The earthquake that struck Haiti in January this year caused massive damage and more than 200,000 casualties, many in the poor slum areas of the capital, Port-au-Prince.
About a month later, another earthquake hit ConcepciÃ³n in Chile; it was nearly a hundred times stronger than the one that hit Haiti, and did substantial damage too, yet the number of casualties was only about 1% of that in Haiti.
What caused that huge difference in impact?
Chile had adequate building standards, including seismic-resistant design, that were properly implemented; above all, the Chileans could afford to build using those standards. In Haiti, that was clearly not the case.
The truth is that Haitians have been left extremely vulnerable to hazards like earthquakes and hurricanes by years of poor governance, environmental mismanagement and increasingly unequal distribution of incomes. So many people were unable to build to disaster-resistant standards – with the catastrophic results seen in January.
Jay Merrick’s article British architect to rebuild Haiti’s social housing in The Independent of June 21st, draws attention to the need to rebuild affordable, but safer houses in the aftermath of the disaster in Haiti.
There is certainly a case for that, and the availability of external aid offers an opportunity to do so. However, it is a fallacy to think that building safer houses alone is enough. Whilst these will certainly help to reduce risk for a while, they may do little to tackle underlying vulnerabilities, and therefore the same problem may re-occur when another hazard strikes in the future.
What is actually needed is not just to make houses more resilient, but also the people of Haiti themselves. Therefore, building back a better Haiti needs to consider rebuilding livelihoods and local markets as well as social networks, alongside housing.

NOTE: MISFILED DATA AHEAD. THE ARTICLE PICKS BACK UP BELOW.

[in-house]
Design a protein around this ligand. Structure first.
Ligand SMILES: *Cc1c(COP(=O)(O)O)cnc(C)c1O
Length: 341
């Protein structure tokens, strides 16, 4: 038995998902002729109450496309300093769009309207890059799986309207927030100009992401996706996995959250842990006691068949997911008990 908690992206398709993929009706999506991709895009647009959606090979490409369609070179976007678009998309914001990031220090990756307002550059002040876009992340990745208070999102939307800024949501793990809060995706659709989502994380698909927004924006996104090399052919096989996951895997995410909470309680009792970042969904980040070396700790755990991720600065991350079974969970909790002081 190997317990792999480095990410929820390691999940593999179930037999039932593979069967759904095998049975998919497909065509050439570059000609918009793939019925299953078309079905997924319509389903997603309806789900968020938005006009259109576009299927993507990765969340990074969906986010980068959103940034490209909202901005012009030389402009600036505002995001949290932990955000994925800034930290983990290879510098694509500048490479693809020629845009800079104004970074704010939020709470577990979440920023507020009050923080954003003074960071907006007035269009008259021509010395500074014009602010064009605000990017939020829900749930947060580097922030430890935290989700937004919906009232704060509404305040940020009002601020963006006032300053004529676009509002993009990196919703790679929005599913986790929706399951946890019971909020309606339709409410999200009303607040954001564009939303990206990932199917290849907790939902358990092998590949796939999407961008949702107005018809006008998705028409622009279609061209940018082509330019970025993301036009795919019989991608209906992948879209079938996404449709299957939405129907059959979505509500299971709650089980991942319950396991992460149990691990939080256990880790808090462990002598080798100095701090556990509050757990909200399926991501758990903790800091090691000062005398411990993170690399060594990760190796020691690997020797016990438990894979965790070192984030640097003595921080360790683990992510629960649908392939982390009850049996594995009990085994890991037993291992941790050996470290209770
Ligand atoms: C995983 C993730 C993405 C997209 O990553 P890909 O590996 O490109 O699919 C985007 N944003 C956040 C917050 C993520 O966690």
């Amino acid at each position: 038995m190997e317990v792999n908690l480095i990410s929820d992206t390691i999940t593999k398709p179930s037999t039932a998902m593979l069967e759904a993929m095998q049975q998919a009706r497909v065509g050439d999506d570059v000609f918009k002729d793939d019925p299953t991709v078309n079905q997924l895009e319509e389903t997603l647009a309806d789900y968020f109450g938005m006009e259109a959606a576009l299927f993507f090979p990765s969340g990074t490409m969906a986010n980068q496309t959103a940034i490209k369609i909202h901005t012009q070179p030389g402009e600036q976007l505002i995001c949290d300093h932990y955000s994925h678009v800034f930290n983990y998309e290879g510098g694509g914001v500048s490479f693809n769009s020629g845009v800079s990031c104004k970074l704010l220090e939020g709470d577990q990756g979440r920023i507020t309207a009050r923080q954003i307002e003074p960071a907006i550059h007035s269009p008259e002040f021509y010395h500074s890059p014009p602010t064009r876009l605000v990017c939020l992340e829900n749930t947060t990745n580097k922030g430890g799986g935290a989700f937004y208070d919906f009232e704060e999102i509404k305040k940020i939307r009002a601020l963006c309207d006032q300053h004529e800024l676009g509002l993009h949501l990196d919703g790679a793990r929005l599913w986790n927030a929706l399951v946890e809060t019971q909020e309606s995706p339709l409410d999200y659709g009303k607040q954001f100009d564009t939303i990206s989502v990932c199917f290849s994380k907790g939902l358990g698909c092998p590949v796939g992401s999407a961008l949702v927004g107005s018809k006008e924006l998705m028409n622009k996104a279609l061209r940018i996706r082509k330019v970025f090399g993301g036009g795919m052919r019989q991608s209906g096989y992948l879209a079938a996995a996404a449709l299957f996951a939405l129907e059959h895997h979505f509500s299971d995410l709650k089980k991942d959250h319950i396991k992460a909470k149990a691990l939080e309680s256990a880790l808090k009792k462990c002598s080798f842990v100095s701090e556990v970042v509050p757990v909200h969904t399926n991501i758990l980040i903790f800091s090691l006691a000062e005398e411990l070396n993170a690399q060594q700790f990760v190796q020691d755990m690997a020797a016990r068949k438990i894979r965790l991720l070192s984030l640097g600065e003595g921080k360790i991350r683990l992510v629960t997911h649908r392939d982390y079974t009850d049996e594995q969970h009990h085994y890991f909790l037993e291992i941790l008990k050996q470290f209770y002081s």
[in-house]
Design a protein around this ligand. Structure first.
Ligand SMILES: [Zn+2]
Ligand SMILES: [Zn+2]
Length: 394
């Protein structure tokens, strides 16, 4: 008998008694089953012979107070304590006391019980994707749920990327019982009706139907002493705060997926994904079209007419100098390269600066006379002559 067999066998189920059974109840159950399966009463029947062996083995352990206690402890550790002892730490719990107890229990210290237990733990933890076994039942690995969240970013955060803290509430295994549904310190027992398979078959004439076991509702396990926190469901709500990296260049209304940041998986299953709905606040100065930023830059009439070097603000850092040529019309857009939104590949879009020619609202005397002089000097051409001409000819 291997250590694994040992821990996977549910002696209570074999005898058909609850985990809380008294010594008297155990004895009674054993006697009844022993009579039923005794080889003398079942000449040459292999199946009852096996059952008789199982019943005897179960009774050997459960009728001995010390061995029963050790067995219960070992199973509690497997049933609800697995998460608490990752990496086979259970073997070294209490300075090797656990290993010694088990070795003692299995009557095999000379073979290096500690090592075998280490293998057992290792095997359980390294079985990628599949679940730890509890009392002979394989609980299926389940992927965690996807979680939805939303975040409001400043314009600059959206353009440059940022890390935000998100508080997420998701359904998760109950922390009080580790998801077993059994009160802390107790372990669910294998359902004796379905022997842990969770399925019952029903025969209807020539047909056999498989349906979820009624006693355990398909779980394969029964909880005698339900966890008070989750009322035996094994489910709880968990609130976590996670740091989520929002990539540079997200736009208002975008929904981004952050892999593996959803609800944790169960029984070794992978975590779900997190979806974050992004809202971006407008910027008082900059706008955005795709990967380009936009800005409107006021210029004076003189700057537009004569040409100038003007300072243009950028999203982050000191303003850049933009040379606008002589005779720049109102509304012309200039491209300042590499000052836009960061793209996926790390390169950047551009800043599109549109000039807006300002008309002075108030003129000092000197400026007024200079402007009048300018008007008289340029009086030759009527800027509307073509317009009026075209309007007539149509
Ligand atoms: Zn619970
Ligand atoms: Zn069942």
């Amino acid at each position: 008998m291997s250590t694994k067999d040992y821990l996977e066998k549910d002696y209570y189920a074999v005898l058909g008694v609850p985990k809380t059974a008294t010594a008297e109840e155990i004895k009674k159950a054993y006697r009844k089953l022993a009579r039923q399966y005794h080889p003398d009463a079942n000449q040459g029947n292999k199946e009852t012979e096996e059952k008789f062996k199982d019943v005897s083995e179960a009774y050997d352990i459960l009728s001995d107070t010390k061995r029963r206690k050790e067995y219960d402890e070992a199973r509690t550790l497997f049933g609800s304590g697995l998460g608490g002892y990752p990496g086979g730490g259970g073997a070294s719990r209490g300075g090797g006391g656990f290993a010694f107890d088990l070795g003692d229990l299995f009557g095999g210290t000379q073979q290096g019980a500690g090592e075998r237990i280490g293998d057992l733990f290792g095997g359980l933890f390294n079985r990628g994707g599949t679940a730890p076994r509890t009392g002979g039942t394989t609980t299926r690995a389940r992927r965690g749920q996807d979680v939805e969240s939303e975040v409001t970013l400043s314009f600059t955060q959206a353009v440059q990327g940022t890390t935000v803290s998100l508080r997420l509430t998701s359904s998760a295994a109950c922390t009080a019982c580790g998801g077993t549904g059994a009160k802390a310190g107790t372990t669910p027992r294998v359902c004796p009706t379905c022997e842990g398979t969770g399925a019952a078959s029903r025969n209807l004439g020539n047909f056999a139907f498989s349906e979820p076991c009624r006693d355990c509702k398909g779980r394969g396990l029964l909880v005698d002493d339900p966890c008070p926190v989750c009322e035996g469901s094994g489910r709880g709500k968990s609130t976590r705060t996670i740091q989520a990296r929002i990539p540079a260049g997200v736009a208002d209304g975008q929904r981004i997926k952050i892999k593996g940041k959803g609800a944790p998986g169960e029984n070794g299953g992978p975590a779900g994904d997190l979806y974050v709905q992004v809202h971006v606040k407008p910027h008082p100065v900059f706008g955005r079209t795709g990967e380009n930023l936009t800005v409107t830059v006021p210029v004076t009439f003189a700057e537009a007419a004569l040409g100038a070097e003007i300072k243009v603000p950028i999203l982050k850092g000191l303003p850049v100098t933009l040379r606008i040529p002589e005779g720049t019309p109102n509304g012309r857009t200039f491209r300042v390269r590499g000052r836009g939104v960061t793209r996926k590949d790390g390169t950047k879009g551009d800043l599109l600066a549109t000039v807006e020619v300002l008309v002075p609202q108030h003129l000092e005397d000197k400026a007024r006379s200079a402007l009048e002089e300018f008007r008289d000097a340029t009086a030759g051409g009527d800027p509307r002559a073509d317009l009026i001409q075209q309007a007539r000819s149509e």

The article suggests that a design competition and exhibition, involving many foreign companies and consultants, alongside some from Haiti, is going to help define the types of housing that Haiti should rebuild. It is certainly useful to expose people to additional options and have a frank debate about those, as clearly many local housing solutions failed in the face of the earthquake.
However, the approach does raise a number of questions:
1. How are lessons going to be learned from the disaster, with respect to e.g. what particular failures in construction contributed to it, and which local solutions perhaps did better, because these have to be taken on board when designing for reconstruction. Do external agencies have adequate information of this type?
2. The process of producing housing, including taking design decisions, is even more important than its end product, as it builds people’s capacities and empowers them; empowerment is key to building resilience. This competition and exhibition does not involve Haiti’s people at all, until the prototypes are built; so how empowering can it be?
3. There is a real risk that, as a result of this process, we will end up with a number of standard housing types. Will they be able to accommodate the large variety in needs of Haitian families of different sizes and occupations? Will they allow for income generating activities in the house? How flexible can they be made, to adjust to individual needs?
4. Reconstruction and the influx of foreign capital does offer opportunities to boost livelihoods and local markets. The article does mention that housing will be low-tech and use mainly local building materials and builders, which is really positive. But how does prefabricated mass housing fit into that picture?
5. In terms of livelihoods, the location of any future housing is also crucial. The Haitian government seems to want to relocate many of the original slum dwellers to new settlements in less earthquake-prone locations, away from the capital. Has anyone thought of the livelihoods consequences? If not, people may be forced to quickly return to the city, or decide not to relocate at all, as the experience from elsewhere shows.
6. People’s social networks are an important asset to them, as they provide support to households in times of need. Following a disaster, such networks are often weakened, because members have died or have scattered. What is being done to rebuild those networks, e.g. in deciding on housing and location priorities?
What perhaps follows from this is that what is needed is not just British architects, but multi-sectoral teams, including Haitian professionals, working with the people of Haiti, to develop much more integrated rebuilding programmes.